Chemical Sourcing of Obsidian Artifacts from the Grissom Site (45-KT-301) to Study Source Variability

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Anthropology and Museum Studies

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The Grissom site (45-KT-301) is a late Holocene archaeological deposit in northeast Kittitas County, Washington. Ethnohistoric and historic evidence indicates that the site may reside near the historically recorded Kittitas Fair, or Che-lo-han, a gathering place for Native Americans. Given the proximity to a trade center and the presence of obsidian artifacts, the site exhibits potential to contribute information on obsidian movement and trade in the Pacific Northwest. Using an evolutionary archaeology framework, we undertook a systematic lithic analysis of 167 obsidian artifacts from the Grissom site, including an XRF analysis of a 30% sample. The purpose of this research was to identify whether the site may have been at or near a trade location, and to quantify relationships between source diversity, source locality, and lithic technology. We then compared the results to four previously identified patterns or models for Pacific Northwest obsidian artifact distribution. Eight nonlocal sources and two local sources were identified in the study, supporting the possibility that the site may have been located at or near a trade center. The source diversity in obsidian bifaces and flakes was found to be significantly higher than that of cores, most of which were from a local obsidian source. An inter-site comparison between the Grissom obsidian and the obsidian from three southern Cascade Mountain sites suggested that site-to-source distance was not the only factor driving obsidian occurrence, and instead source quality, trade relationships, or other influences likely contributed to obsidian source distribution at these sites.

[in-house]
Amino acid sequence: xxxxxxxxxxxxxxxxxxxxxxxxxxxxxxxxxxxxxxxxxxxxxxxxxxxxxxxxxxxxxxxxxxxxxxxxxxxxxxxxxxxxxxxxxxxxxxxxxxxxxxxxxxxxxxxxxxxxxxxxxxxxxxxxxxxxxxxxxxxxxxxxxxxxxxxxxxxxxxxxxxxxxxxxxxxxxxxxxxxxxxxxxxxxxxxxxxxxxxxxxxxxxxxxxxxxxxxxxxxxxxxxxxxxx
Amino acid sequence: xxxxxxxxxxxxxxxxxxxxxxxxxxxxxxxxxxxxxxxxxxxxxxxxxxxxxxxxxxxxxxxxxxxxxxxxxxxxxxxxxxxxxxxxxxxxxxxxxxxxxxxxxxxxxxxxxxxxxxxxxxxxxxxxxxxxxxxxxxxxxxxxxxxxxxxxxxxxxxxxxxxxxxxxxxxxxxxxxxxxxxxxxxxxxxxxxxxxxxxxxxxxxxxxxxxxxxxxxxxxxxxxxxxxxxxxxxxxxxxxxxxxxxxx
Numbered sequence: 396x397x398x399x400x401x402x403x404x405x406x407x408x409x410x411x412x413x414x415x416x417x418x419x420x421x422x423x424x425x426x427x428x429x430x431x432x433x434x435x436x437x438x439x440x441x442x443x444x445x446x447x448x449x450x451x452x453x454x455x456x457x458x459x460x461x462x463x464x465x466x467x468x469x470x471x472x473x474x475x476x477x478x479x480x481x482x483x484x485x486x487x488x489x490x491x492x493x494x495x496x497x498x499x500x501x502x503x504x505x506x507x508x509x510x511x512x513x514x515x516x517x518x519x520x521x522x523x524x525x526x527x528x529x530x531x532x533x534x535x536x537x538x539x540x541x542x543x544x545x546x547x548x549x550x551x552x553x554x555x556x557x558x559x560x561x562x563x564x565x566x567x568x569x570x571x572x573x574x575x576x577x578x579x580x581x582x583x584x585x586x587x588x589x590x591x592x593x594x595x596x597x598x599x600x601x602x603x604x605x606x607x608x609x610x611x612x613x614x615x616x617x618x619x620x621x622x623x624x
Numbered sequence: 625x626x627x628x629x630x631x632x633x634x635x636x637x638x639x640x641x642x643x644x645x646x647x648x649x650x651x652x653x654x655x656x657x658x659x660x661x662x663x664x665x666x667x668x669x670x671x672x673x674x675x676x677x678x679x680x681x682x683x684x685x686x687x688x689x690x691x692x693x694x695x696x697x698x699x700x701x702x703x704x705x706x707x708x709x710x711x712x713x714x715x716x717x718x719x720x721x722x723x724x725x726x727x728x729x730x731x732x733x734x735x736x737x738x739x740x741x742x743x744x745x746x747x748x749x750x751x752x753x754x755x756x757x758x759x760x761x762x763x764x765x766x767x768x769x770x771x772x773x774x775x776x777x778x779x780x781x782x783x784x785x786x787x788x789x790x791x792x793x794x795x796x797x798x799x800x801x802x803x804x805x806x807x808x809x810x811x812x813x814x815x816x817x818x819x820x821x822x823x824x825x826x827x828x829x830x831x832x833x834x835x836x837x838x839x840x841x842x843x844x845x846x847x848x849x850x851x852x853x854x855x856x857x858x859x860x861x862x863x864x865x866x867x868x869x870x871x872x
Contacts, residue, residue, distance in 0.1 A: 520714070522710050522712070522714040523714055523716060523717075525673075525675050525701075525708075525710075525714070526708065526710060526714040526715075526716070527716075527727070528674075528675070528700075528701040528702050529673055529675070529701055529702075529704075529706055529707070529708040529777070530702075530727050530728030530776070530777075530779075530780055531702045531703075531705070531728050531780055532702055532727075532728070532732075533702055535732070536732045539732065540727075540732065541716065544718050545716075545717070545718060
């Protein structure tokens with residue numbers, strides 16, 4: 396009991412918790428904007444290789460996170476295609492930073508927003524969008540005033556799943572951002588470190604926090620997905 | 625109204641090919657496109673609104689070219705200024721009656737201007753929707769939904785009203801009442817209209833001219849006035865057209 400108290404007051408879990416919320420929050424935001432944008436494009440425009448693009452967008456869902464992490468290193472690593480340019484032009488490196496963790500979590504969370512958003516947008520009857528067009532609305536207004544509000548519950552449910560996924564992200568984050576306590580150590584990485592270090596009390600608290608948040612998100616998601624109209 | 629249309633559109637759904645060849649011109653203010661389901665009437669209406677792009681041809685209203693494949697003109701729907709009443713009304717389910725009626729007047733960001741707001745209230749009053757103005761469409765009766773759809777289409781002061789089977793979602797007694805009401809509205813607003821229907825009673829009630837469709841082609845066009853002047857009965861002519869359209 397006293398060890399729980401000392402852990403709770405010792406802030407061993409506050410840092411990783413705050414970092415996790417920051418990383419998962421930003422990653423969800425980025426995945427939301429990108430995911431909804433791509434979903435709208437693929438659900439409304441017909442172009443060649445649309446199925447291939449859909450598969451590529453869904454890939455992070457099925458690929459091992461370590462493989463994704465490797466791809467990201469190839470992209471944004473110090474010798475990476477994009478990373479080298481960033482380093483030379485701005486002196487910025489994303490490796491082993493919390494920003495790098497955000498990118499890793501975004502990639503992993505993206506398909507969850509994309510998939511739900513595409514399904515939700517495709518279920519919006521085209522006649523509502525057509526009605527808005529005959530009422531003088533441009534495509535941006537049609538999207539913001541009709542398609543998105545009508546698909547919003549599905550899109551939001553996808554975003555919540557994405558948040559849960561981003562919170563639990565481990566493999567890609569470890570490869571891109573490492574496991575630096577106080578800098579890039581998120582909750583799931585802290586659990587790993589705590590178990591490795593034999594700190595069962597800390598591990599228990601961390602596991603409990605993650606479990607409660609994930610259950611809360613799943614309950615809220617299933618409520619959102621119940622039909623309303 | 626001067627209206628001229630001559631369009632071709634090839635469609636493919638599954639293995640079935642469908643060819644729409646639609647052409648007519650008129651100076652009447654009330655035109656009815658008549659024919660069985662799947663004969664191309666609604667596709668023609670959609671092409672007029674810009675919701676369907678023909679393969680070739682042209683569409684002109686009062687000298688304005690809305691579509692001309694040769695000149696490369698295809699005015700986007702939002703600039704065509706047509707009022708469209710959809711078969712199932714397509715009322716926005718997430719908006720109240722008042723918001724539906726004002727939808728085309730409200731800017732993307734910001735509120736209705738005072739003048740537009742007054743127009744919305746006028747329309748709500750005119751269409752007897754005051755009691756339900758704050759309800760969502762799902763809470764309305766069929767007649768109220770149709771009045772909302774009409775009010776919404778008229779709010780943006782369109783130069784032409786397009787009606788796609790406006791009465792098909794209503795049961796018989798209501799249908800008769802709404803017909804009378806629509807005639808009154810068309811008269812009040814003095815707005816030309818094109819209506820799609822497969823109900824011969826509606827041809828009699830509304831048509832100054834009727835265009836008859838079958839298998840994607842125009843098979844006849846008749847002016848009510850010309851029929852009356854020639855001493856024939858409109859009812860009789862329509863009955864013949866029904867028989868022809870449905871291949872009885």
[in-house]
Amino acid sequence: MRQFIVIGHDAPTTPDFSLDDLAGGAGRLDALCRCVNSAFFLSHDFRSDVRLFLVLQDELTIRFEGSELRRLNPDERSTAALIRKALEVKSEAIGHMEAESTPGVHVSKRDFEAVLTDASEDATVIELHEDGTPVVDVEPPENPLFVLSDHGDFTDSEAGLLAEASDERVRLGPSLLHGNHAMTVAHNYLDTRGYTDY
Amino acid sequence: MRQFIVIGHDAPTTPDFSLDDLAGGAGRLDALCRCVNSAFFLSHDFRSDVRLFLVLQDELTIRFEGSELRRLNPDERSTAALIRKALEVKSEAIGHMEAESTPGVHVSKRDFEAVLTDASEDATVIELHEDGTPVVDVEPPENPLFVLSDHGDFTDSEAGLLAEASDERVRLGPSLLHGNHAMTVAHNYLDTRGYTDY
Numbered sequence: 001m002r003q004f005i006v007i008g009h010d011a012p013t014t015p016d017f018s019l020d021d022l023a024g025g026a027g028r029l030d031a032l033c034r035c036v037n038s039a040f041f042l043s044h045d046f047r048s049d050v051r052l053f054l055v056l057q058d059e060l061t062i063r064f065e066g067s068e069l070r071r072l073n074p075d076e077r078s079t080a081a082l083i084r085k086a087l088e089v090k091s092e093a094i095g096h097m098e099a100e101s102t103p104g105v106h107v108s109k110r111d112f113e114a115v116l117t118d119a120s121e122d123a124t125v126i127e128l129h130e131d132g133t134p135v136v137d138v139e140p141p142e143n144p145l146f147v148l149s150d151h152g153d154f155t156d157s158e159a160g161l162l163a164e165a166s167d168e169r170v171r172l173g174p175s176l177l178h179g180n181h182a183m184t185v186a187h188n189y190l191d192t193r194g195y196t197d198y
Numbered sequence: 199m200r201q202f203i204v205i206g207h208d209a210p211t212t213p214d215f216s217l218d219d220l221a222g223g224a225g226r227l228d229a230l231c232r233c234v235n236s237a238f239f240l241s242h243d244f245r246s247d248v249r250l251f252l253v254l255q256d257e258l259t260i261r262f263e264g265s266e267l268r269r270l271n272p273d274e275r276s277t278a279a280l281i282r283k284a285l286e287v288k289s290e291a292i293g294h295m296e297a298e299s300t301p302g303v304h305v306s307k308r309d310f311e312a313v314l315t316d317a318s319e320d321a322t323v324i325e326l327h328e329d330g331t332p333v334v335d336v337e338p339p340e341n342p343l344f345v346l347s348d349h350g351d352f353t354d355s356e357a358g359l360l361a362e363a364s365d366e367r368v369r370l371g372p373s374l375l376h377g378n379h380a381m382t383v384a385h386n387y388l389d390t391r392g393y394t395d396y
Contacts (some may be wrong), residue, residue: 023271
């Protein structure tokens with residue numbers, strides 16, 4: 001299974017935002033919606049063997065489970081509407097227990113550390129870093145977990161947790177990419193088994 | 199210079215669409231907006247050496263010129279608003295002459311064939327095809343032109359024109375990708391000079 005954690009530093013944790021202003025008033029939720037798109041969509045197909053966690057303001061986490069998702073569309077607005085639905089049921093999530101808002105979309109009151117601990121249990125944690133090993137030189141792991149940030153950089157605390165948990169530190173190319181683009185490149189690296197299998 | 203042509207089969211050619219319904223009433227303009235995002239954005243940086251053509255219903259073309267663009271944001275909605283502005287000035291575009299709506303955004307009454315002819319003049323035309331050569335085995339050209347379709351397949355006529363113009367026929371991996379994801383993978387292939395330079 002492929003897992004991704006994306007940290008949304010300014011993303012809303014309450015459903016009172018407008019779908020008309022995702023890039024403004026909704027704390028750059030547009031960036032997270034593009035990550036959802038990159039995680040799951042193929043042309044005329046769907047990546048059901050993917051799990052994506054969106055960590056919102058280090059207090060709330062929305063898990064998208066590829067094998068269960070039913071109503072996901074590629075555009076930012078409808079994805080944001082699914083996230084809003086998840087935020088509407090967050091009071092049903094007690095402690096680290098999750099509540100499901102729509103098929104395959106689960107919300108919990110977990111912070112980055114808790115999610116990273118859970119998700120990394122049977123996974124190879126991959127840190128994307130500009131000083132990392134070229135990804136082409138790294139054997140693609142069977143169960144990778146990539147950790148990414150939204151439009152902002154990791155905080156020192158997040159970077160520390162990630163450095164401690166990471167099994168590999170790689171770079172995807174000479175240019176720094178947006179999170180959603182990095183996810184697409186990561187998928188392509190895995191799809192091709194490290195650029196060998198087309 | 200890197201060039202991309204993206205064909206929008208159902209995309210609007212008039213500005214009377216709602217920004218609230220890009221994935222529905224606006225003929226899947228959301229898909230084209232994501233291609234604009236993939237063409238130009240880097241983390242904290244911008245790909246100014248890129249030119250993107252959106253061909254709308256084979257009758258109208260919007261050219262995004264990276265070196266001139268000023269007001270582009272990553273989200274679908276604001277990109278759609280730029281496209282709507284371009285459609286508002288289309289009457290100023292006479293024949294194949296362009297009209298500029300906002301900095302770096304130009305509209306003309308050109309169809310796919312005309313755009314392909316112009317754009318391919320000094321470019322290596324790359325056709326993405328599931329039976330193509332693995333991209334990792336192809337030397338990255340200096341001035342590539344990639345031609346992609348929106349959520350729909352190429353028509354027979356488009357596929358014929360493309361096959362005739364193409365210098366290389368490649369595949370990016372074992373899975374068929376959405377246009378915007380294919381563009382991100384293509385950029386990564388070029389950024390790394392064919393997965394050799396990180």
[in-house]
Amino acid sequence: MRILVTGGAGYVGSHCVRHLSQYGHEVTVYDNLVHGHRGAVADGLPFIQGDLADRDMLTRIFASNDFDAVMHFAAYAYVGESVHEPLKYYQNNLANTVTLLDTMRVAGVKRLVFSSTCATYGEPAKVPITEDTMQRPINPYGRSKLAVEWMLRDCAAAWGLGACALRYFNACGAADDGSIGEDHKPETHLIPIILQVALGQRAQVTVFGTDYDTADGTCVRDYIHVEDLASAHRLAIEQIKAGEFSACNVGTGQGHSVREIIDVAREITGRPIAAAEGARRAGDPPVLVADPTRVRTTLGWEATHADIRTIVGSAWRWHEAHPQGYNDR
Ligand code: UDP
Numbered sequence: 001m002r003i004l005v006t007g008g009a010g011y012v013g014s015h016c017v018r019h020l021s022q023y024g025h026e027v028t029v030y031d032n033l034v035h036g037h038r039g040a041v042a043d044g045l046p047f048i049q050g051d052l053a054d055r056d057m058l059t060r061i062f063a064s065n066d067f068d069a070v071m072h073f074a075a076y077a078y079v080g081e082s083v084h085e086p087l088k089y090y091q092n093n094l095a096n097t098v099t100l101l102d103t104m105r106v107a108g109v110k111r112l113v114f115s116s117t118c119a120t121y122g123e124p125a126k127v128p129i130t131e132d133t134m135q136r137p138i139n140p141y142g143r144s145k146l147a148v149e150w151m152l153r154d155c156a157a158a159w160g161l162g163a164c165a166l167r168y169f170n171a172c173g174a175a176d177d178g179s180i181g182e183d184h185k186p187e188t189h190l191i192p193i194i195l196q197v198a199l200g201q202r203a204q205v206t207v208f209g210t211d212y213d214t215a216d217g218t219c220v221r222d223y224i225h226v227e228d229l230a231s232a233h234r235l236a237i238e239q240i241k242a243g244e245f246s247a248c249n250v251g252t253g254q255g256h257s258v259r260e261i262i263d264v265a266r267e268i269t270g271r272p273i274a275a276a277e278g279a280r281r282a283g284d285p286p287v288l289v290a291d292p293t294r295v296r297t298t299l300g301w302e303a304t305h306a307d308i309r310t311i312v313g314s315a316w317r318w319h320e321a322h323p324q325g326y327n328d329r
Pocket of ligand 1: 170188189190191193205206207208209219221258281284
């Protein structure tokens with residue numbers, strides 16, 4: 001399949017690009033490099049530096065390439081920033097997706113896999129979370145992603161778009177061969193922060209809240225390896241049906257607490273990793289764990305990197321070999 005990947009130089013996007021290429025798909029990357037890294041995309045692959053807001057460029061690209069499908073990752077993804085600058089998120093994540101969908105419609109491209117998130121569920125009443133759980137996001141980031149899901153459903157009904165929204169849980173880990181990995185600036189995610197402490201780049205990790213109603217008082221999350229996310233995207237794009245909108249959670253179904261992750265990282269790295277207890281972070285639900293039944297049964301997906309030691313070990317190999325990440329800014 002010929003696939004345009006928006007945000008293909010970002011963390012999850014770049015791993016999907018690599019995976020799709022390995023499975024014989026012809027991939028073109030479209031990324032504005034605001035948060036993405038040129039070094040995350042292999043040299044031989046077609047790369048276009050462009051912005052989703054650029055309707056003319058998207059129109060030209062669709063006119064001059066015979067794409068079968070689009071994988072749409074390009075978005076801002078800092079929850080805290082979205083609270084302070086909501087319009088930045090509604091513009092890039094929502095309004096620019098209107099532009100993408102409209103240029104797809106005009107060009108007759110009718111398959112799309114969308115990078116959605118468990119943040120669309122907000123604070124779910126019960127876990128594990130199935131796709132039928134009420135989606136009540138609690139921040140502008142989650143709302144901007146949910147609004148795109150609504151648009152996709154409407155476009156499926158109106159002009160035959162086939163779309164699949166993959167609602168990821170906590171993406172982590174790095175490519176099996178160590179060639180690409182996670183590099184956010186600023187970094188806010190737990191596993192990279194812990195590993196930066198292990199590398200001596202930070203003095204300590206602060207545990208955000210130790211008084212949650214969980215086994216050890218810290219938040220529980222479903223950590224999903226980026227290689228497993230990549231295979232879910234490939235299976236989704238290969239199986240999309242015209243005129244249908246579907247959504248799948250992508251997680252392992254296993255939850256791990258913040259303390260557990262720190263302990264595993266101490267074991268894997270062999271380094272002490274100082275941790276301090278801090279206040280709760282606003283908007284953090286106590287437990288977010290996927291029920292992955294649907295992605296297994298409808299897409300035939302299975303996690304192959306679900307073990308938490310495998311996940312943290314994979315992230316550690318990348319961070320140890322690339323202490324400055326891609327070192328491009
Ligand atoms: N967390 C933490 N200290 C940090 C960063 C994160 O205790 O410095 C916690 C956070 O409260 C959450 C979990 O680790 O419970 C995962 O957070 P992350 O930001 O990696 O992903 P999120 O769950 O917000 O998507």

This article was originally published in Journal of Northwest Anthropology. The full-text article from the publisher can be found here.

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Journal of Northwest Anthropology


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